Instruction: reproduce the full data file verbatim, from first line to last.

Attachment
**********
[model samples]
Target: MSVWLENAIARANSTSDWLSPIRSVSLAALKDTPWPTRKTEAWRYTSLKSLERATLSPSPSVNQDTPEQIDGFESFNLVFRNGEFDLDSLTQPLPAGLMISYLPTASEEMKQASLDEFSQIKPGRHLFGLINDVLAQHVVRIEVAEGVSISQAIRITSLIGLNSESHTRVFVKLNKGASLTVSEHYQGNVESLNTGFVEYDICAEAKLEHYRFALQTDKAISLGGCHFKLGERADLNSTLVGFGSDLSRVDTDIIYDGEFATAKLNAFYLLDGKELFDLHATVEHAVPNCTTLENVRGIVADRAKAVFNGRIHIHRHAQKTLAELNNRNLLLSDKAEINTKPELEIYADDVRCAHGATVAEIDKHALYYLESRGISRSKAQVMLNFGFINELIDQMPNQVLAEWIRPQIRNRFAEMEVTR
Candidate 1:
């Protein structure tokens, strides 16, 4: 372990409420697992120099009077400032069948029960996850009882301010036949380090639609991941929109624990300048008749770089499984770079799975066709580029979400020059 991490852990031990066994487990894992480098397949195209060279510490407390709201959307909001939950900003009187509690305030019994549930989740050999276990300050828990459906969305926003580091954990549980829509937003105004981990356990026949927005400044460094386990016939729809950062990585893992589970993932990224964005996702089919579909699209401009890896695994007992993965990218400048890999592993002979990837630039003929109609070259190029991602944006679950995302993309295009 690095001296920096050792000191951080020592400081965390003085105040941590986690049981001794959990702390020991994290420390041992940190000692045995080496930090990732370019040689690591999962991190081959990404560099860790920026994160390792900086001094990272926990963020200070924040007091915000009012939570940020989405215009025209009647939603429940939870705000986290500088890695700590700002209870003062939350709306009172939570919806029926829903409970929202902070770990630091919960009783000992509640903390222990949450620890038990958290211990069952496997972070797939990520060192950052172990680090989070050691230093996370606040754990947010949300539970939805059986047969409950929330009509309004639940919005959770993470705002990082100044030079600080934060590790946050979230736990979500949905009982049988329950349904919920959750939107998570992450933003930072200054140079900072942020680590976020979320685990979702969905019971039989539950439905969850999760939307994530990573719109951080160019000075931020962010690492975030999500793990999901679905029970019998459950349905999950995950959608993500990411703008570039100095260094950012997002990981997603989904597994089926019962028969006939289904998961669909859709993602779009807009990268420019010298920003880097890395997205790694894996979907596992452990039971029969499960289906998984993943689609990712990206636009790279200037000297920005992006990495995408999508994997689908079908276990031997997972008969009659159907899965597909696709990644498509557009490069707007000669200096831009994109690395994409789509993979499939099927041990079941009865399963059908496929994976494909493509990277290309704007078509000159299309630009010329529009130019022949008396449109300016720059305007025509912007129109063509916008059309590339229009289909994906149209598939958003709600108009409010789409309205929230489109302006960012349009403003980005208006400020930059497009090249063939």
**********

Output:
[model samples]
Target: MSVWLENAIARANSTSDWLSPIRSVSLAALKDTPWPTRKTEAWRYTSLKSLERATLSPSPSVNQDTPEQIDGFESFNLVFRNGEFDLDSLTQPLPAGLMISYLPTASEEMKQASLDEFSQIKPGRHLFGLINDVLAQHVVRIEVAEGVSISQAIRITSLIGLNSESHTRVFVKLNKGASLTVSEHYQGNVESLNTGFVEYDICAEAKLEHYRFALQTDKAISLGGCHFKLGERADLNSTLVGFGSDLSRVDTDIIYDGEFATAKLNAFYLLDGKELFDLHATVEHAVPNCTTLENVRGIVADRAKAVFNGRIHIHRHAQKTLAELNNRNLLLSDKAEINTKPELEIYADDVRCAHGATVAEIDKHALYYLESRGISRSKAQVMLNFGFINELIDQMPNQVLAEWIRPQIRNRFAEMEVTR
Candidate 1:
């Protein structure tokens, strides 16, 4: 372990409420697992120099009077400032069948029960996850009882301010036949380090639609991941929109624990300048008749770089499984770079799975066709580029979400020059 991490852990031990066994487990894992480098397949195209060279510490407390709201959307909001939950900003009187509690305030019994549930989740050999276990300050828990459906969305926003580091954990549980829509937003105004981990356990026949927005400044460094386990016939729809950062990585893992589970993932990224964005996702089919579909699209401009890896695994007992993965990218400048890999592993002979990837630039003929109609070259190029991602944006679950995302993309295009 690095001296920096050792000191951080020592400081965390003085105040941590986690049981001794959990702390020991994290420390041992940190000692045995080496930090990732370019040689690591999962991190081959990404560099860790920026994160390792900086001094990272926990963020200070924040007091915000009012939570940020989405215009025209009647939603429940939870705000986290500088890695700590700002209870003062939350709306009172939570919806029926829903409970929202902070770990630091919960009783000992509640903390222990949450620890038990958290211990069952496997972070797939990520060192950052172990680090989070050691230093996370606040754990947010949300539970939805059986047969409950929330009509309004639940919005959770993470705002990082100044030079600080934060590790946050979230736990979500949905009982049988329950349904919920959750939107998570992450933003930072200054140079900072942020680590976020979320685990979702969905019971039989539950439905969850999760939307994530990573719109951080160019000075931020962010690492975030999500793990999901679905029970019998459950349905999950995950959608993500990411703008570039100095260094950012997002990981997603989904597994089926019962028969006939289904998961669909859709993602779009807009990268420019010298920003880097890395997205790694894996979907596992452990039971029969499960289906998984993943689609990712990206636009790279200037000297920005992006990495995408999508994997689908079908276990031997997972008969009659159907899965597909696709990644498509557009490069707007000669200096831009994109690395994409789509993979499939099927041990079941009865399963059908496929994976494909493509990277290309704007078509000159299309630009010329529009130019022949008396449109300016720059305007025509912007129109063509916008059309590339229009289909994906149209598939958003709600108009409010789409309205929230489109302006960012349009403003980005208006400020930059497009090249063939």